f The Wittenberg Door: June 2015

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Commenting on Christendom, culture, history, and other oddities of life from an historic Protestant perspective.

Sunday, June 07, 2015

God’s sovereignty and The Purpose of Prayer

There’s a lot of bad information about prayer floating around. And for someone like me, who is not naturally inclined to hitting his knees, the subject can seem daunting. So it is with great delight that I came across this short survey on prayer at In Christ. Authored by Paul D. Adams, the focus study is how our prayers and God’s sovereignty intersect. He does an excellent job of dispelling the concerns many people have regarding that topic.

But what struck me the most was not the doctrinal aspect, but the practical. I have long since resolved the apparent issue between God’s sovereignty and our prayers; but prayer itself, in my day-to-day living, that is another story entirely. Because of this I was most taken with his section titled, Thinking about Prayer, where I found help by reminded as to why I’m praying in the first place:

  1. Prayer, at its most basic level, is an expression of our dependence upon God.

  2. Our purpose in prayer is to glorify God by seeing him actively accomplish his will here on earth. God, not us, must be the center focus of all our prayers and it is his will and not our own that we must pursue.

  3. Submission and solitude are essential ingredients in Jesus’ prayer life and should be in ours.

  4. Our intention in prayer should be that we recognize how God is working in and through circumstances, rather than merely change them.

  5. Thankfulness for God’s movement in the lives of our brothers and sisters allows us the opportunity to see God’s work in others and helps us avoid self-absorption.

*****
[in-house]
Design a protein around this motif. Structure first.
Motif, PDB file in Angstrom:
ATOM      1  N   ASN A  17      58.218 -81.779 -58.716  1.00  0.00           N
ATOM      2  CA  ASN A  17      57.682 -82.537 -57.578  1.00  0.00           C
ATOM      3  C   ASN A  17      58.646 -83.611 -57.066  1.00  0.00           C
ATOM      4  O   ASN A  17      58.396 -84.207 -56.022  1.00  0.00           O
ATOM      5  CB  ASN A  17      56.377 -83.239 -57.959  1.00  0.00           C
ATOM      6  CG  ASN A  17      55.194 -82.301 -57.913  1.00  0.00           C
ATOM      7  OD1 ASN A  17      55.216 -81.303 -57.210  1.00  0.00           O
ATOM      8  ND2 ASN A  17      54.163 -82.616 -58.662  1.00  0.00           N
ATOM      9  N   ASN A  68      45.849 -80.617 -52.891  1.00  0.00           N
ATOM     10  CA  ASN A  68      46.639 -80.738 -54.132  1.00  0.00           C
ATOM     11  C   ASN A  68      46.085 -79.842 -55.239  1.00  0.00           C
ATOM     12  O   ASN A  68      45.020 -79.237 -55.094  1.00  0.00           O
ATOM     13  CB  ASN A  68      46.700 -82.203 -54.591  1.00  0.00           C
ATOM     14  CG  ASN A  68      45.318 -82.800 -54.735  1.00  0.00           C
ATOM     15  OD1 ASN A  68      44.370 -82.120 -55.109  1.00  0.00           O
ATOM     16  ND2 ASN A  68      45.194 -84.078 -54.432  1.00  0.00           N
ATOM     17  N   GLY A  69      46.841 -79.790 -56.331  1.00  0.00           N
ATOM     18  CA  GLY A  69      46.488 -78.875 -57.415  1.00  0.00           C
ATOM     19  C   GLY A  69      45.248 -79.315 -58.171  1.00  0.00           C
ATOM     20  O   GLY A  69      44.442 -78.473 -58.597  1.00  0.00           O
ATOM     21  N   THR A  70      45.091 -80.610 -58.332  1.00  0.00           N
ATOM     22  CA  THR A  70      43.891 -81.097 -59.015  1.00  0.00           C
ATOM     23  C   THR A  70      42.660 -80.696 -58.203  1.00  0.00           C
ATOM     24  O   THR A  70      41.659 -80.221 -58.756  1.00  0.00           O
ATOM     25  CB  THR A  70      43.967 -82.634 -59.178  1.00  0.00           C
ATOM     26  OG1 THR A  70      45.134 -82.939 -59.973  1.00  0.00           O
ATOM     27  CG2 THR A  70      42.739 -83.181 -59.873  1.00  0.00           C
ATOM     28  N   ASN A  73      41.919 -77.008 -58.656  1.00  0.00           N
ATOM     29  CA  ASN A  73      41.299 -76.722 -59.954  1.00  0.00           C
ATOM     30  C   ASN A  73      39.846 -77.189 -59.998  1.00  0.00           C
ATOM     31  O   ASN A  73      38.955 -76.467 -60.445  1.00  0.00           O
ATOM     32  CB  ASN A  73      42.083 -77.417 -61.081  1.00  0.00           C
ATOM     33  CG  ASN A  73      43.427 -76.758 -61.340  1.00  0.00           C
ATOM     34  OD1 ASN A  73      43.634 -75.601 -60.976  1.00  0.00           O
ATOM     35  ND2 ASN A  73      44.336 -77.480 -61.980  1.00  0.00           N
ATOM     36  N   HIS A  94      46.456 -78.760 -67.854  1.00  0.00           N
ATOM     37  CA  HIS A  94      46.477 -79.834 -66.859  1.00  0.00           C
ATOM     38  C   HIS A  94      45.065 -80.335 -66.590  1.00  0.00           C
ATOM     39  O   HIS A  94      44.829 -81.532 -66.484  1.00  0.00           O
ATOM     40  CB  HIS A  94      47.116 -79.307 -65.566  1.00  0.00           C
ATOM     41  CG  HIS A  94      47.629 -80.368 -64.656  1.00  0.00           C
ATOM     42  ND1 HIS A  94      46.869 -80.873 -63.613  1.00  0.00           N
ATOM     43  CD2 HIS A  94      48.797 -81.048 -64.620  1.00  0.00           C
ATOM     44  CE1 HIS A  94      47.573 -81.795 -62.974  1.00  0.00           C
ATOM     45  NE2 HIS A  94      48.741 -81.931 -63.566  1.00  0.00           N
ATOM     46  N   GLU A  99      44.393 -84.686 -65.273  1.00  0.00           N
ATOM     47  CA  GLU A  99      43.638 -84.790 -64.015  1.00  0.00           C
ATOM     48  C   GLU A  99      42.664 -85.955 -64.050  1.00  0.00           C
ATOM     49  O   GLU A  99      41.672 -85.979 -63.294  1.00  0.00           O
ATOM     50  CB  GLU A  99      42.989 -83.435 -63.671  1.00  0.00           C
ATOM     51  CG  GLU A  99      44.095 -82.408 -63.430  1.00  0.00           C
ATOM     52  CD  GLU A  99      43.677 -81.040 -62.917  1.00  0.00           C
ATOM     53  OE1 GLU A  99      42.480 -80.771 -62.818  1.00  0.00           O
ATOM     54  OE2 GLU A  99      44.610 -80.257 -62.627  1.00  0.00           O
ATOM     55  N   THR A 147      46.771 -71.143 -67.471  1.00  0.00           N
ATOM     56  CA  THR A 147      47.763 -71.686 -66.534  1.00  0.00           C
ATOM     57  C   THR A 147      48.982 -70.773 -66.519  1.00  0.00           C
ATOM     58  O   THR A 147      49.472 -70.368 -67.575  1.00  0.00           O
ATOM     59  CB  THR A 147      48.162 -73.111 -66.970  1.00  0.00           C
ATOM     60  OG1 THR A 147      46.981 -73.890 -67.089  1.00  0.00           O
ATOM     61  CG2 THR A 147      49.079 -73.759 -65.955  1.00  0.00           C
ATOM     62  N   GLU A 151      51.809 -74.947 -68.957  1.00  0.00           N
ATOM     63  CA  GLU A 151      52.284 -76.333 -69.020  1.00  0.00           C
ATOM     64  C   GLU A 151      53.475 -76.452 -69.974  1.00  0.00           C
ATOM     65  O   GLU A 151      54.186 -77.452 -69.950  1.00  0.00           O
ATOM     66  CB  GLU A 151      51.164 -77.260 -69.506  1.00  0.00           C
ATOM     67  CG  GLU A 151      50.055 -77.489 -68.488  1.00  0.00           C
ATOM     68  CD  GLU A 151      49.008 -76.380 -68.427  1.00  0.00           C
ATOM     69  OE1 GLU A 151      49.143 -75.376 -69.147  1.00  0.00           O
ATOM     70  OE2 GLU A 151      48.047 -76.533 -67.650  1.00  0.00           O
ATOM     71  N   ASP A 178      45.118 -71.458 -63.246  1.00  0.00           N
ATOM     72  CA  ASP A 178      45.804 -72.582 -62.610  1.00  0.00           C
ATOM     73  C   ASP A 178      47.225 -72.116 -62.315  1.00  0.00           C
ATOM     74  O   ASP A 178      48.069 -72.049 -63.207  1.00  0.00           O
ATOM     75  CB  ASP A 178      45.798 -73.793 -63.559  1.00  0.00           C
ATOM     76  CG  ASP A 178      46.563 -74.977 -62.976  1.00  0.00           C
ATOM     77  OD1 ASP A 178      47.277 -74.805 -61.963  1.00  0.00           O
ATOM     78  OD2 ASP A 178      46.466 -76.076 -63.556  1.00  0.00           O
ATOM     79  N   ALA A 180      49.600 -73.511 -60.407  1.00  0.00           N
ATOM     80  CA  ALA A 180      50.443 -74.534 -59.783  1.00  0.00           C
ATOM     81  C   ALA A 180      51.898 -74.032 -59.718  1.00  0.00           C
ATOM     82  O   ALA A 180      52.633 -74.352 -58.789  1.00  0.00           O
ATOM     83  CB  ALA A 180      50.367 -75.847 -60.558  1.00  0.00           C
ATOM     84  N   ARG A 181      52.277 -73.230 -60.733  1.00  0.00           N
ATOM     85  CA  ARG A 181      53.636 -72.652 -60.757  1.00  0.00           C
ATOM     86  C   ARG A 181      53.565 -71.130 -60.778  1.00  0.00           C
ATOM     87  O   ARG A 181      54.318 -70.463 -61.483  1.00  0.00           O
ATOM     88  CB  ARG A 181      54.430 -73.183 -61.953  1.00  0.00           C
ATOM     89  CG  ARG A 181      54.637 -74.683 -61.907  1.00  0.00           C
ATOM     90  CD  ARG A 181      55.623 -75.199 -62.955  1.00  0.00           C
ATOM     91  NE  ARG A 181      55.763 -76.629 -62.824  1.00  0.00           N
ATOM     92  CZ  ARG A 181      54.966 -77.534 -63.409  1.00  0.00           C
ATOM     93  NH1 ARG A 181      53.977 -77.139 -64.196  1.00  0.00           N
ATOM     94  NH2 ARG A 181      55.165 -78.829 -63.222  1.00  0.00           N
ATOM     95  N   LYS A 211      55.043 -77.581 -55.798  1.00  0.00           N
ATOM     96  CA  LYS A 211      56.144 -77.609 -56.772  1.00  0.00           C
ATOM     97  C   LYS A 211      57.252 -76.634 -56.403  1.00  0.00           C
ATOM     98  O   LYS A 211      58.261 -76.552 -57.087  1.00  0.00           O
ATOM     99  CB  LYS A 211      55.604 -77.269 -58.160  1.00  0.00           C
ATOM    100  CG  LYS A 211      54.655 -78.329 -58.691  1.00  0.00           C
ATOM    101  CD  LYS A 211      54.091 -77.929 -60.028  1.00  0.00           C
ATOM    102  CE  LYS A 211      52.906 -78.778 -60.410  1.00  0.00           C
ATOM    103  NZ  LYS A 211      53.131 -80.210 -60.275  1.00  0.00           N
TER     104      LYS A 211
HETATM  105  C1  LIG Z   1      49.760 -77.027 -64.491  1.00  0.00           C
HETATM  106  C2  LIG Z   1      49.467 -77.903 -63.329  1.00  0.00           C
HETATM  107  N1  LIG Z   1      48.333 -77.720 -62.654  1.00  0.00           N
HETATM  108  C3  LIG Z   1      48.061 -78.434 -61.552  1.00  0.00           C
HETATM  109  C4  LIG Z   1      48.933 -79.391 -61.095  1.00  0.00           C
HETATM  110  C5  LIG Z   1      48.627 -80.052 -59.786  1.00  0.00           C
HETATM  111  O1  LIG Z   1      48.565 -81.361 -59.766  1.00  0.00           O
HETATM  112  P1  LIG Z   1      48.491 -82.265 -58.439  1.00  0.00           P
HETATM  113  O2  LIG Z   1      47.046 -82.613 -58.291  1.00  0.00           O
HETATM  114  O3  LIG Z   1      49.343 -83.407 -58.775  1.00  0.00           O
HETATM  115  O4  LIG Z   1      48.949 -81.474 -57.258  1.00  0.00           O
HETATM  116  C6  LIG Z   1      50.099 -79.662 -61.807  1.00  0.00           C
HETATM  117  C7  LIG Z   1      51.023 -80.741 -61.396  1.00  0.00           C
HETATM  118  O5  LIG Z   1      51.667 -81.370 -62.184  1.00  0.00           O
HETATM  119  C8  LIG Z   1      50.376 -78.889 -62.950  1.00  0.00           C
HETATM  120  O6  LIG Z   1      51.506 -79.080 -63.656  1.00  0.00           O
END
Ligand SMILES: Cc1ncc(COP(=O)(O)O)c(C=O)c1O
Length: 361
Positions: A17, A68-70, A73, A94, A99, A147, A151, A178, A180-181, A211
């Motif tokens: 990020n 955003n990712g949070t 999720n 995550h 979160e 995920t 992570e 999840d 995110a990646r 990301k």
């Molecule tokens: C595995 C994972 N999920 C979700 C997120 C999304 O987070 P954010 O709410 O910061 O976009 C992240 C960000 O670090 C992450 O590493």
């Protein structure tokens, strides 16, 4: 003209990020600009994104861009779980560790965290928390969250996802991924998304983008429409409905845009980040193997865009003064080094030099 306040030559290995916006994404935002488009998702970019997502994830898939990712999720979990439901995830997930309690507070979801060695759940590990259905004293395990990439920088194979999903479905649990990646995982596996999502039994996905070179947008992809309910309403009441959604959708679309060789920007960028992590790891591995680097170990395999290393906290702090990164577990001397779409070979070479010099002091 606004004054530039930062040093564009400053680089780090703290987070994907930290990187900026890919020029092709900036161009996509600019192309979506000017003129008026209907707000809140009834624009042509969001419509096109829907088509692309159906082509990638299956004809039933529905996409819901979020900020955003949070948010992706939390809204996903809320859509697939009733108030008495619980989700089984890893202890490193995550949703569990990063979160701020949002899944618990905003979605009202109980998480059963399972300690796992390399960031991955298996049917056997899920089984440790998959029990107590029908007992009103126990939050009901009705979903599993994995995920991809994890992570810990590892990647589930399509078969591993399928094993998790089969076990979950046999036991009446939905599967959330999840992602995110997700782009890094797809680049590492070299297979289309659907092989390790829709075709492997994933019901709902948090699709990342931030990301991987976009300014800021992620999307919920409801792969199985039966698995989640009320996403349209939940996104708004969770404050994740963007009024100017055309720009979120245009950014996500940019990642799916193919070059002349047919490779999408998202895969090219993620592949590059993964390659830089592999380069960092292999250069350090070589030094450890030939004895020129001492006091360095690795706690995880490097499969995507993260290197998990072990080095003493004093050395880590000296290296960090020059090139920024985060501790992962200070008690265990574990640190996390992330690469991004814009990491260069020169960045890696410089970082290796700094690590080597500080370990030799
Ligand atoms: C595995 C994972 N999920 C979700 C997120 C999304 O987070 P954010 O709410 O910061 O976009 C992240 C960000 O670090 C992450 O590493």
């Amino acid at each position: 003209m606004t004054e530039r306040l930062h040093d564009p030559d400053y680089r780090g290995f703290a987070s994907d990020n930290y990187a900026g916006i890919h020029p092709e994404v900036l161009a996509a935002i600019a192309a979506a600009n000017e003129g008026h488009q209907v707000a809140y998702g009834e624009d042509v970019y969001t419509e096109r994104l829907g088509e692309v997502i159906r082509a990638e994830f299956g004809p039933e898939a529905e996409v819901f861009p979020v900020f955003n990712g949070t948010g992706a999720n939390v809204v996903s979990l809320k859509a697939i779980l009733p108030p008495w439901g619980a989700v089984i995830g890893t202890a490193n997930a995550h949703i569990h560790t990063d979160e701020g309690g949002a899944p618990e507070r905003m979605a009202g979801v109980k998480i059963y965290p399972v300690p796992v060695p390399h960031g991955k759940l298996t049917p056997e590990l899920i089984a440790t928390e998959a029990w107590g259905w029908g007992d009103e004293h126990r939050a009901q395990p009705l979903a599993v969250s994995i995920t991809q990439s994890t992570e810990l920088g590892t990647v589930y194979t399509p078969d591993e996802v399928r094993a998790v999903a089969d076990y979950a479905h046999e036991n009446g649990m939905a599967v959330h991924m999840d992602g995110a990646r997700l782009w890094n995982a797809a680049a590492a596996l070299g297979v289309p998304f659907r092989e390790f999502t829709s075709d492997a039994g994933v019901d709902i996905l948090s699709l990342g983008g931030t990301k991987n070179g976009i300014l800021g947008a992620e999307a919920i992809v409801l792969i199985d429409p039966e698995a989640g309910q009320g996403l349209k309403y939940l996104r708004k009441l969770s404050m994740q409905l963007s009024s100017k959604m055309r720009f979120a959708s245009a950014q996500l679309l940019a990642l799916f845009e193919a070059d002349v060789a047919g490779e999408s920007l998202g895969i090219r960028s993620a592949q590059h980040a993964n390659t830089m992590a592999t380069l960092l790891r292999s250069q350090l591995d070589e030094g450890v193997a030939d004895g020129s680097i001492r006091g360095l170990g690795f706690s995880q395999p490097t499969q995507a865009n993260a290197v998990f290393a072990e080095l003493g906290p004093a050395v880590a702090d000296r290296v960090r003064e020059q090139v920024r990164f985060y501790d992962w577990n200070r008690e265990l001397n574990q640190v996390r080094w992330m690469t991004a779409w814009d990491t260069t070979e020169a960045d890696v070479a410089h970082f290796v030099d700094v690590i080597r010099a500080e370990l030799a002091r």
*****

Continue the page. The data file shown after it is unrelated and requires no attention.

6. Prayer for knowing God better, gaining special insight into our eternal hope, and for power to live for God’s glory should govern all other requests.

  7. When we pray, we should emphasize a growing love for one another, pure and blameless living, and all that accommodates our maturity in Christ.

  8. A depth of insight into the limitless dimensions of Christ’s love for us can only be gained by prayer.

  9. God is more interested in us than in what we want and he occasionally denies our requests so that his glory and our good will be optimal.

Click here to read the entire post.

--The Catechizer


Friday, June 05, 2015

Today in Church History: Old School-New School Division

On June 5, 1837, the Presbyterian Church in the U.S.A. separated into Old School and New School divisions.

The split involved a series of issues related to theology, polity, and social reform (especially debate on the Presbyterian response to slavery). The Old School consisted of doctrinal conservatives mainly in the Mid-Atlantic states and the South; the New Schoolers were progressives concentrated in New York, New England, and the western frontier. The 1837 General Assembly, meeting with an Old School majority, abrogated its 1801 Plan of Union with the Congregationalists, it pronounced that action retroactive, and it thereby declared that four New School Presbyterian synods brought in by that plan “to be out of the ecclesiastical connection of the Presbyterian Church of the United States of America.”

This Assembly action launched a 32-year division between Old School and New School Presbyterians. In 1869, the two parties were united in the North, soon after the end of the Civil War. In the words of Princeton historian Lefferts Loetscher, the reunion of 1869 resulted in a “broadening church,” where organizational efficiency eclipsed theological precision. By the close of the nineteenth century, northern Presbyterians would experience both significant growth and advancing secularization.

- John Muether